Mechanical engineering professor Gregory Fischer, left, and research scientist Christopher Nycz examine a prototype of the MRI-compatible robotic system for treating brain tumors developed in the first phase of the NIH-funded research program. (Image credit: WPI)

The research team is led by principal investigators Gregory S. Fischer, Ph.D., associate professor of mechanical engineering and robotics engineering at WPI and director of the Automation and Interventional Medicine Laboratory, and Julie G. Pilitsis, M.D., Ph.D., chair of the Department of Neuroscience and Experimental Therapeutics and professor of neurosurgery at Albany Medical College.

Fischer and Pilitsis will work closely with the two corporate partners. The needle-based therapeutic ultrasound will be designed, built, and validated by Acoustic MedSystems in Savoy, Ill. The company will also provide the software to visualize and control it. GE Global Research Center in Niskayuna, N.Y., will implement thermal imaging capabilities to monitor the thermal ablation of the tumor tissue in real time and will collaborate on integrating the robotic system with its clinical MRI scanner.

“Thermal ablation has shown potential as an effective treatment,” Pilitsis said, “but the available devices for using this therapy have severe limitations and can’t treat all shapes, sizes, and locations of tumors. Our hope is that this integrated robotic system will one day be able to provide all brain tumor patients with a safer, more accurate treatment.”

“Our system is designed to provide very precisely, closed-loop control,” Fischer said. “We will use live MRI images and thermal imaging to control the pattern of the ablation and monitor and adjust it in real-time to confine the thermal effects to the area within the tumor boundaries, and to ensure that we are maximizing the odds that we are removing the entire tumor, while minimizing the chances of damaging non-malignant tissue.”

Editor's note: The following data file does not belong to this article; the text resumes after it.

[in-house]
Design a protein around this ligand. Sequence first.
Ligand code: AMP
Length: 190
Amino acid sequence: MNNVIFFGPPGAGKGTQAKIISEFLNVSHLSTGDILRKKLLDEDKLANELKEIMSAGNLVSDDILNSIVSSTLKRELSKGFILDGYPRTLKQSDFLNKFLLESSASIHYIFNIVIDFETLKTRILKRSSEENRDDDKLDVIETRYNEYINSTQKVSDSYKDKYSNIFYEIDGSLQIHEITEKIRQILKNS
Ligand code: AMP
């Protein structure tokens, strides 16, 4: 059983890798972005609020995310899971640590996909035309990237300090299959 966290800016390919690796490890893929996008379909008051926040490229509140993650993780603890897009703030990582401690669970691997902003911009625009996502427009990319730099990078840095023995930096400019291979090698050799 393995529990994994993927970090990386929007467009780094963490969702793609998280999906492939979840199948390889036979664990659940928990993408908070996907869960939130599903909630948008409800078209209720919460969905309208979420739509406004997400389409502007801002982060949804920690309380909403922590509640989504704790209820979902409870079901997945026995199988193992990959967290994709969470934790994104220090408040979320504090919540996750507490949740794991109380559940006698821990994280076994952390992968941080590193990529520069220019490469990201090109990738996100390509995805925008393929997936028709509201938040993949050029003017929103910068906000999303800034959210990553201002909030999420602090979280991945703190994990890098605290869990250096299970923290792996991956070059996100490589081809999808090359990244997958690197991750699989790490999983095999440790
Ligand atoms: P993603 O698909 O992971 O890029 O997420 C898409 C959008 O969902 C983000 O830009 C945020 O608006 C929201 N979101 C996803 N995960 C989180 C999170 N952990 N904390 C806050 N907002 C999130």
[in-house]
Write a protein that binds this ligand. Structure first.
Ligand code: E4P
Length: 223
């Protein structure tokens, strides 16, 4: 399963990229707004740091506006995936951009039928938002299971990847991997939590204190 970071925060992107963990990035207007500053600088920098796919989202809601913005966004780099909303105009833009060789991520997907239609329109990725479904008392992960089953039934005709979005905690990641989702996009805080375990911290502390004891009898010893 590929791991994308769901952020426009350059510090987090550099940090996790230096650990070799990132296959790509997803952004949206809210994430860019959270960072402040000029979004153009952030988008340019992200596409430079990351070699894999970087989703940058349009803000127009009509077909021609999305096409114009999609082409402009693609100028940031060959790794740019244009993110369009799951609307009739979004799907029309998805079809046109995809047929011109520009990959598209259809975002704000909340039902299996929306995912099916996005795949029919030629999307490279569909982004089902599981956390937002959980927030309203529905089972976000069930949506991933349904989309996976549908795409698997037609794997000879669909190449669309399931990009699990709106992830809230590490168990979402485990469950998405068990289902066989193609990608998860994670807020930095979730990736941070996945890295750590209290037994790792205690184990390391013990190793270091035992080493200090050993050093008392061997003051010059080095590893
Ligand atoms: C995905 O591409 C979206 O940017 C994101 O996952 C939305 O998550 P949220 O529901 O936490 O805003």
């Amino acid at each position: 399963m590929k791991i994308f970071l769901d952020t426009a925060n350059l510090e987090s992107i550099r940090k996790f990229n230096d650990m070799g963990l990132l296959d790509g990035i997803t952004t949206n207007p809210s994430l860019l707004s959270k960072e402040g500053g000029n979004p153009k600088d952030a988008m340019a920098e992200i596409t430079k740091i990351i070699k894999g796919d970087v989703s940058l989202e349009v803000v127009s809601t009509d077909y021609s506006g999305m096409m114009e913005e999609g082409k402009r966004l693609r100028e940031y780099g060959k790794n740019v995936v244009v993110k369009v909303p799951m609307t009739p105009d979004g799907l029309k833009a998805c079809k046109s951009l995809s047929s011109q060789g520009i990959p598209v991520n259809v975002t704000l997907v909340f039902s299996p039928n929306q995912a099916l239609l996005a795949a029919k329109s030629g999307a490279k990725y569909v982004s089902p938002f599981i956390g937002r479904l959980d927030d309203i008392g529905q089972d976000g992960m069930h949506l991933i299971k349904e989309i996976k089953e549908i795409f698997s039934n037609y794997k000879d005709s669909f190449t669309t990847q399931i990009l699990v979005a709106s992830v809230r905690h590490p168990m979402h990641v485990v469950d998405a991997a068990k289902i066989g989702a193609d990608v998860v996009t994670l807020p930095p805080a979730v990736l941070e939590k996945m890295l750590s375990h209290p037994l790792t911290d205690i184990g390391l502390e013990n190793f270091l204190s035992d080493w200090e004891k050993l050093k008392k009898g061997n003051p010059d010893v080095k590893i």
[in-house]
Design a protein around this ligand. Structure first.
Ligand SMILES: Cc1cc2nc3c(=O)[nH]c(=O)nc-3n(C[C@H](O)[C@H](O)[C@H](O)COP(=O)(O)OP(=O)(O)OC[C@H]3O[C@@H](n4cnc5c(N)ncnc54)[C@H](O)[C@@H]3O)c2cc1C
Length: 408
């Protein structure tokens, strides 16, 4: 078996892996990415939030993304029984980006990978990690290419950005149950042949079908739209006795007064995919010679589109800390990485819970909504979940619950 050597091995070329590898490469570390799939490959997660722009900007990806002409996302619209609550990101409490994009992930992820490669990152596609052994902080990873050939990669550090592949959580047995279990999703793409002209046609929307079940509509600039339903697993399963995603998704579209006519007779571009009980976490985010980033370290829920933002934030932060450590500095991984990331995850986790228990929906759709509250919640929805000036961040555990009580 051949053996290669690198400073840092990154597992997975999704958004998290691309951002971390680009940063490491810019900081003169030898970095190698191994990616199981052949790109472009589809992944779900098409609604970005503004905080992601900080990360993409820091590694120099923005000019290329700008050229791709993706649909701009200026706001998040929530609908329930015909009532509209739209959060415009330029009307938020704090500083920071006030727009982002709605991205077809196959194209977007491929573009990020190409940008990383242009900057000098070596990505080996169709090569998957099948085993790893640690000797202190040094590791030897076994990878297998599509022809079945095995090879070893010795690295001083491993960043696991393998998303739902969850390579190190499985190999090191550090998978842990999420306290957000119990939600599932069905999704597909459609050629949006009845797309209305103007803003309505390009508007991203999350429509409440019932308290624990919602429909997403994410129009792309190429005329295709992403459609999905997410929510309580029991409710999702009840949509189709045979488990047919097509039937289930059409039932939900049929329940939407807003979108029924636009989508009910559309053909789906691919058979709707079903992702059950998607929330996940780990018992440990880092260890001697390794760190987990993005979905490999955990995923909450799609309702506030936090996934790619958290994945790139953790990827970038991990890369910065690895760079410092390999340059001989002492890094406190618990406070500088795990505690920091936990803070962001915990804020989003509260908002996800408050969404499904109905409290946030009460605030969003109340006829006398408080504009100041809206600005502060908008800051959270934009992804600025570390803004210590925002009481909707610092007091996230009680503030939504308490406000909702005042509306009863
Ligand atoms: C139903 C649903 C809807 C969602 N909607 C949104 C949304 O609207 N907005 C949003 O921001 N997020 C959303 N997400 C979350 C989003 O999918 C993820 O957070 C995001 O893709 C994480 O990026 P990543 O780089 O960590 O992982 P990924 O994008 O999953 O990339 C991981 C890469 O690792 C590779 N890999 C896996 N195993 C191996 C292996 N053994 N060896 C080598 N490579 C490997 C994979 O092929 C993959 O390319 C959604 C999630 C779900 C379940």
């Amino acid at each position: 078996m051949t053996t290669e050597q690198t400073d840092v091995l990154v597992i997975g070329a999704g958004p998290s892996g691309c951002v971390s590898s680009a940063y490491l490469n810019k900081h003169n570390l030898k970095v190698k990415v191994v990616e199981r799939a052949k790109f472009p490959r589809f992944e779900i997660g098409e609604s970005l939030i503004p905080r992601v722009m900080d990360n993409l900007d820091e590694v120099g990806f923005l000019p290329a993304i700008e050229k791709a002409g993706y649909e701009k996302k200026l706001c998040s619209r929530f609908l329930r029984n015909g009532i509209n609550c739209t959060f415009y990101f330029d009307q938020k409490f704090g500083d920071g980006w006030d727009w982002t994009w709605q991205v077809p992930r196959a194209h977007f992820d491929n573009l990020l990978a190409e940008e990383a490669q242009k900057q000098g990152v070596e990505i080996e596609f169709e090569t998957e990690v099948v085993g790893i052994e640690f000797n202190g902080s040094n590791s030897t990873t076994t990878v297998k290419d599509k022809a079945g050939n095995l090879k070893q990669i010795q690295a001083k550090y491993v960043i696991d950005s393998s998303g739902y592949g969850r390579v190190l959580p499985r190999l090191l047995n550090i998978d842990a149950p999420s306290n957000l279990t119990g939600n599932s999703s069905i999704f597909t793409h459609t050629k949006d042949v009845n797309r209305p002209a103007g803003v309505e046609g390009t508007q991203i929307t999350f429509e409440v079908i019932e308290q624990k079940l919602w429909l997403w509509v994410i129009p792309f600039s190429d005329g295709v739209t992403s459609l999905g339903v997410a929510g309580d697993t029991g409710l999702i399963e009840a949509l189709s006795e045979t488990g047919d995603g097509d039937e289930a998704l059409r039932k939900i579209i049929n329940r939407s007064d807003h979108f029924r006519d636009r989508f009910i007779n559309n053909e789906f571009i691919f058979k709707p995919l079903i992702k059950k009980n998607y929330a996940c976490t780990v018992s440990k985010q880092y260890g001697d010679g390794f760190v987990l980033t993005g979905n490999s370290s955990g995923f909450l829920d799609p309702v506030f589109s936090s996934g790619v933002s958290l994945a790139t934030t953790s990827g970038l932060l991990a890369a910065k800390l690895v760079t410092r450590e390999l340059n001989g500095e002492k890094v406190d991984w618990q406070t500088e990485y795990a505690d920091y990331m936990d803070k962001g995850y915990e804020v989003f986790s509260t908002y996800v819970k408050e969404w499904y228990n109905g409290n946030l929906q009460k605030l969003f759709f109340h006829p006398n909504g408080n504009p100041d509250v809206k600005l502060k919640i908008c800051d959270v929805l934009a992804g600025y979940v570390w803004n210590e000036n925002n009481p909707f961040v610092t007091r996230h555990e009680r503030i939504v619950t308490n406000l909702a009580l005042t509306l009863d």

The WPI team is also developing a modular controller to operate the robot and integrate the robotic system with multiple other systems—including the MRI scanner, the software that controls the Acoustic MedSystems probe, and the 3D navigation software. The team from WPI includes Ph.D. candidates Paulo Carvalho and Katie Gandomi and research scientist Christopher Nycz, Ph.D. According to Fischer, the goal is to deliver a system that can be easily integrated into the workflow inside a surgical suite. “When we get to clinical trials we won’t be able to have an army of engineers on site,” he said. “So, we need to get to the point where everything runs very, very smoothly.”

Some of this work will be conducted at WPI’s PracticePoint R&D facility for medical cyber-physical systems, a membership-based research, development, and commercialization alliance founded to advance healthcare technologies. Currently, under construction at WPI’s Gateway Park campus, PracticePoint will have a hybrid operating room, a medical imaging suite, a reconfigurable patient care suite, a rehabilitation lab, and a residential setting. The research facility will explore how smart medical devices and systems can be developed and tested. The surgical imaging suite will include a 3-Tesla MRI scanner made by GE Healthcare.

Fischer and the research team are looking towards the future and consider what other applications can use the ultrasound technology. “We are creating a versatile stereotactic neurosurgery delivery device,” he said, “one with much broader potential applications. For example, we could use it to deliver other ablation technologies, to do biopsies, to do electrode placement for deep-brain stimulation, and even to deliver therapeutics such as gene therapy. This research has opened up a world of exciting possibilities.”